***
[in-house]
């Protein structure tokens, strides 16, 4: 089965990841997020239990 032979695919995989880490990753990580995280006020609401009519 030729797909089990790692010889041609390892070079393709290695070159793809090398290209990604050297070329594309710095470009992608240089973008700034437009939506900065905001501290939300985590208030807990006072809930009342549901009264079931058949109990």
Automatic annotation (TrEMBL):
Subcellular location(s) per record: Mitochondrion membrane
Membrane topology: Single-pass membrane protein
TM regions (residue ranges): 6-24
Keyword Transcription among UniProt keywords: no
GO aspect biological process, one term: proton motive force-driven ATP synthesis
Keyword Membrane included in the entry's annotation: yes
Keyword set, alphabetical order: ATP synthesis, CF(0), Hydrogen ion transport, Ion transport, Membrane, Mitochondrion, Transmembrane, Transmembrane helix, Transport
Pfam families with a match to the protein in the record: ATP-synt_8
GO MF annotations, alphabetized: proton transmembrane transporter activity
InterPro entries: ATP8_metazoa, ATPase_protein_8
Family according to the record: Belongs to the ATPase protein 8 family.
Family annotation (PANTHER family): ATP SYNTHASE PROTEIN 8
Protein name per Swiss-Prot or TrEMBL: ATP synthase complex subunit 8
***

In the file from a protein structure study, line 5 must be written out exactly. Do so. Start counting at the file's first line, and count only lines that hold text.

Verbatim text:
Membrane topology: Single-pass membrane protein